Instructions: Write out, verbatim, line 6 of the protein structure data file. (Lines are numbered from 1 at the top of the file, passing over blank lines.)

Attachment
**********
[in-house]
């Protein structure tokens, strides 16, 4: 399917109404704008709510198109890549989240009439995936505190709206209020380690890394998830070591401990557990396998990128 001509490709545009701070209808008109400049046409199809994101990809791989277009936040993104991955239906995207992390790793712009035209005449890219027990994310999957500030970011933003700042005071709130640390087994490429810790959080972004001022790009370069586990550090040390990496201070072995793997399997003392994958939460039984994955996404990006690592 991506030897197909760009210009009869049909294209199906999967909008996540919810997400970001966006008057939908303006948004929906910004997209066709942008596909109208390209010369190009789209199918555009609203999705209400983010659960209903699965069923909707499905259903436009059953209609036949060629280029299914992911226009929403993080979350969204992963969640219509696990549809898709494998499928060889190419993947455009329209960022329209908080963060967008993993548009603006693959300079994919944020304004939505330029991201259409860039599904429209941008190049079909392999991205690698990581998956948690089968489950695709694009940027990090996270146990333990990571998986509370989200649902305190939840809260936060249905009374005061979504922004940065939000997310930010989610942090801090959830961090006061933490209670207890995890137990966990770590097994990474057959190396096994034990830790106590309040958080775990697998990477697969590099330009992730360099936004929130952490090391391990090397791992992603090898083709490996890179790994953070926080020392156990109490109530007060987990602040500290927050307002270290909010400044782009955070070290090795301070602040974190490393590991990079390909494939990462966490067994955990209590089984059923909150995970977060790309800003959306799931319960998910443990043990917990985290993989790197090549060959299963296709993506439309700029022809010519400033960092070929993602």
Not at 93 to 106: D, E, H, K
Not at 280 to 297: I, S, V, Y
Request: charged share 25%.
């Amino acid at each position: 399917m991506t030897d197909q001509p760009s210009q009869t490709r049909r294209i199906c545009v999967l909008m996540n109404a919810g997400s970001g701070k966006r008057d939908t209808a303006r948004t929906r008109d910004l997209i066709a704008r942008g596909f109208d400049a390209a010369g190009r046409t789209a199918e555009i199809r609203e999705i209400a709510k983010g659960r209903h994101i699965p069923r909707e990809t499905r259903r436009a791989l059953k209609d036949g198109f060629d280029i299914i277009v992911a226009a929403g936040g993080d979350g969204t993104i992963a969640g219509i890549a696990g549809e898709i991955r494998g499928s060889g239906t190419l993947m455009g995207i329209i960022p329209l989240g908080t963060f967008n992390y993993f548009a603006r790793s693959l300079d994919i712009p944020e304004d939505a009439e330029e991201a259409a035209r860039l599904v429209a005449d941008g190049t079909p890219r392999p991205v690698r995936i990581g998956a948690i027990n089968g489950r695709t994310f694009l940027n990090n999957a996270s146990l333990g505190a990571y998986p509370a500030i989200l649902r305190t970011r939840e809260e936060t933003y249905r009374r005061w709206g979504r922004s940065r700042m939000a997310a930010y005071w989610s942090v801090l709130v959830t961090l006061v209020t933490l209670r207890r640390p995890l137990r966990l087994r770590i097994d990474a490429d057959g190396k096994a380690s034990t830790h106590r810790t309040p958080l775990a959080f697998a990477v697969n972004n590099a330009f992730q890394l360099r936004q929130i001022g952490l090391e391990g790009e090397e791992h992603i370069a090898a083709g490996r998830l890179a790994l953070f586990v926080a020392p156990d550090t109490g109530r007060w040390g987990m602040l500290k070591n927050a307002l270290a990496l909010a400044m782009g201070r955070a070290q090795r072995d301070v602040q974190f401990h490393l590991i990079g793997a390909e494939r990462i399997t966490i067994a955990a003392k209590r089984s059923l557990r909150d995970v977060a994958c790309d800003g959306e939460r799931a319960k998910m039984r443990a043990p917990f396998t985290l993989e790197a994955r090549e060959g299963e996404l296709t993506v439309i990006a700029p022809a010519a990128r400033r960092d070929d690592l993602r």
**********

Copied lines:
């Amino acid at each position: 399917m991506t030897d197909q001509p760009s210009q009869t490709r049909r294209i199906c545009v999967l909008m996540n109404a919810g997400s970001g701070k966006r008057d939908t209808a303006r948004t929906r008109d910004l997209i066709a704008r942008g596909f109208d400049a390209a010369g190009r046409t789209a199918e555009i199809r609203e999705i209400a709510k983010g659960r209903h994101i699965p069923r909707e990809t499905r259903r436009a791989l059953k209609d036949g198109f060629d280029i299914i277009v992911a226009a929403g936040g993080d979350g969204t993104i992963a969640g219509i890549a696990g549809e898709i991955r494998g499928s060889g239906t190419l993947m455009g995207i329209i960022p329209l989240g908080t963060f967008n992390y993993f548009a603006r790793s693959l300079d994919i712009p944020e304004d939505a009439e330029e991201a259409a035209r860039l599904v429209a005449d941008g190049t079909p890219r392999p991205v690698r995936i990581g998956a948690i027990n089968g489950r695709t994310f694009l940027n990090n999957a996270s146990l333990g505190a990571y998986p509370a500030i989200l649902r305190t970011r939840e809260e936060t933003y249905r009374r005061w709206g979504r922004s940065r700042m939000a997310a930010y005071w989610s942090v801090l709130v959830t961090l006061v209020t933490l209670r207890r640390p995890l137990r966990l087994r770590i097994d990474a490429d057959g190396k096994a380690s034990t830790h106590r810790t309040p958080l775990a959080f697998a990477v697969n972004n590099a330009f992730q890394l360099r936004q929130i001022g952490l090391e391990g790009e090397e791992h992603i370069a090898a083709g490996r998830l890179a790994l953070f586990v926080a020392p156990d550090t109490g109530r007060w040390g987990m602040l500290k070591n927050a307002l270290a990496l909010a400044m782009g201070r955070a070290q090795r072995d301070v602040q974190f401990h490393l590991i990079g793997a390909e494939r990462i399997t966490i067994a955990a003392k209590r089984s059923l557990r909150d995970v977060a994958c790309d800003g959306e939460r799931a319960k998910m039984r443990a043990p917990f396998t985290l993989e790197a994955r090549e060959g299963e996404l296709t993506v439309i990006a700029p022809a010519a990128r400033r960092d070929d690592l993602r």